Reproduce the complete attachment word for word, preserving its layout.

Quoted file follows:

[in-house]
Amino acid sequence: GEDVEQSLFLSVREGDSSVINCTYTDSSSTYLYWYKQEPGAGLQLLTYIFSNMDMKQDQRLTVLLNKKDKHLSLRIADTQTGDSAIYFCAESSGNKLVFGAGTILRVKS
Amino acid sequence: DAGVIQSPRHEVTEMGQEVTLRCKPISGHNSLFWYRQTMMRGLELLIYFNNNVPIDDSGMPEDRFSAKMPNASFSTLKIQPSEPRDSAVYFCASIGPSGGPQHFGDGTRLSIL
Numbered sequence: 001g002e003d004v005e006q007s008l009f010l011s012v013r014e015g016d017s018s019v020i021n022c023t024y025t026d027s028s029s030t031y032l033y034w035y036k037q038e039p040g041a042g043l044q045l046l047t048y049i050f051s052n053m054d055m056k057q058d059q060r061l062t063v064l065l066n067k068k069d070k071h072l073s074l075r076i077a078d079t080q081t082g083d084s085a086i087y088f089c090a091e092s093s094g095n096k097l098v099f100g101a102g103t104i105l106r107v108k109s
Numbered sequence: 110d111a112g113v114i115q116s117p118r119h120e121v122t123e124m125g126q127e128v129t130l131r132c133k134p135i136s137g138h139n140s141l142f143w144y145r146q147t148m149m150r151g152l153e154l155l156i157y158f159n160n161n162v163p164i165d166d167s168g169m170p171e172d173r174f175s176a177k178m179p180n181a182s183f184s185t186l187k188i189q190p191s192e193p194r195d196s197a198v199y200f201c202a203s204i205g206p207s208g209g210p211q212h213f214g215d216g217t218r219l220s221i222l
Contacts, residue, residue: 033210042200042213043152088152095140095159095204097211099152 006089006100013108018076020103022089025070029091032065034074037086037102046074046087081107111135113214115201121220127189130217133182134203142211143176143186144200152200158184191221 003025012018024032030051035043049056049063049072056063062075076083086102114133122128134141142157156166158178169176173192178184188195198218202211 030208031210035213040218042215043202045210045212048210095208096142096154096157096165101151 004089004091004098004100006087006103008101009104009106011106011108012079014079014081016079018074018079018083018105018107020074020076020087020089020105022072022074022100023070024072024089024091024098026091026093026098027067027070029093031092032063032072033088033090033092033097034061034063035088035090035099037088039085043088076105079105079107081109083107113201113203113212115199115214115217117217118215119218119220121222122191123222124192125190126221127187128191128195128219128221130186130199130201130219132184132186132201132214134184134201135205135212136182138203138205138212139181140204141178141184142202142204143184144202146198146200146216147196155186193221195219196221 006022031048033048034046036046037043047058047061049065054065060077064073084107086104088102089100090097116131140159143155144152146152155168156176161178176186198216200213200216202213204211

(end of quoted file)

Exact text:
[in-house]
Amino acid sequence: GEDVEQSLFLSVREGDSSVINCTYTDSSSTYLYWYKQEPGAGLQLLTYIFSNMDMKQDQRLTVLLNKKDKHLSLRIADTQTGDSAIYFCAESSGNKLVFGAGTILRVKS
Amino acid sequence: DAGVIQSPRHEVTEMGQEVTLRCKPISGHNSLFWYRQTMMRGLELLIYFNNNVPIDDSGMPEDRFSAKMPNASFSTLKIQPSEPRDSAVYFCASIGPSGGPQHFGDGTRLSIL
Numbered sequence: 001g002e003d004v005e006q007s008l009f010l011s012v013r014e015g016d017s018s019v020i021n022c023t024y025t026d027s028s029s030t031y032l033y034w035y036k037q038e039p040g041a042g043l044q045l046l047t048y049i050f051s052n053m054d055m056k057q058d059q060r061l062t063v064l065l066n067k068k069d070k071h072l073s074l075r076i077a078d079t080q081t082g083d084s085a086i087y088f089c090a091e092s093s094g095n096k097l098v099f100g101a102g103t104i105l106r107v108k109s
Numbered sequence: 110d111a112g113v114i115q116s117p118r119h120e121v122t123e124m125g126q127e128v129t130l131r132c133k134p135i136s137g138h139n140s141l142f143w144y145r146q147t148m149m150r151g152l153e154l155l156i157y158f159n160n161n162v163p164i165d166d167s168g169m170p171e172d173r174f175s176a177k178m179p180n181a182s183f184s185t186l187k188i189q190p191s192e193p194r195d196s197a198v199y200f201c202a203s204i205g206p207s208g209g210p211q212h213f214g215d216g217t218r219l220s221i222l
Contacts, residue, residue: 033210042200042213043152088152095140095159095204097211099152 006089006100013108018076020103022089025070029091032065034074037086037102046074046087081107111135113214115201121220127189130217133182134203142211143176143186144200152200158184191221 003025012018024032030051035043049056049063049072056063062075076083086102114133122128134141142157156166158178169176173192178184188195198218202211 030208031210035213040218042215043202045210045212048210095208096142096154096157096165101151 004089004091004098004100006087006103008101009104009106011106011108012079014079014081016079018074018079018083018105018107020074020076020087020089020105022072022074022100023070024072024089024091024098026091026093026098027067027070029093031092032063032072033088033090033092033097034061034063035088035090035099037088039085043088076105079105079107081109083107113201113203113212115199115214115217117217118215119218119220121222122191123222124192125190126221127187128191128195128219128221130186130199130201130219132184132186132201132214134184134201135205135212136182138203138205138212139181140204141178141184142202142204143184144202146198146200146216147196155186193221195219196221 006022031048033048034046036046037043047058047061049065054065060077064073084107086104088102089100090097116131140159143155144152146152155168156176161178176186198216200213200216202213204211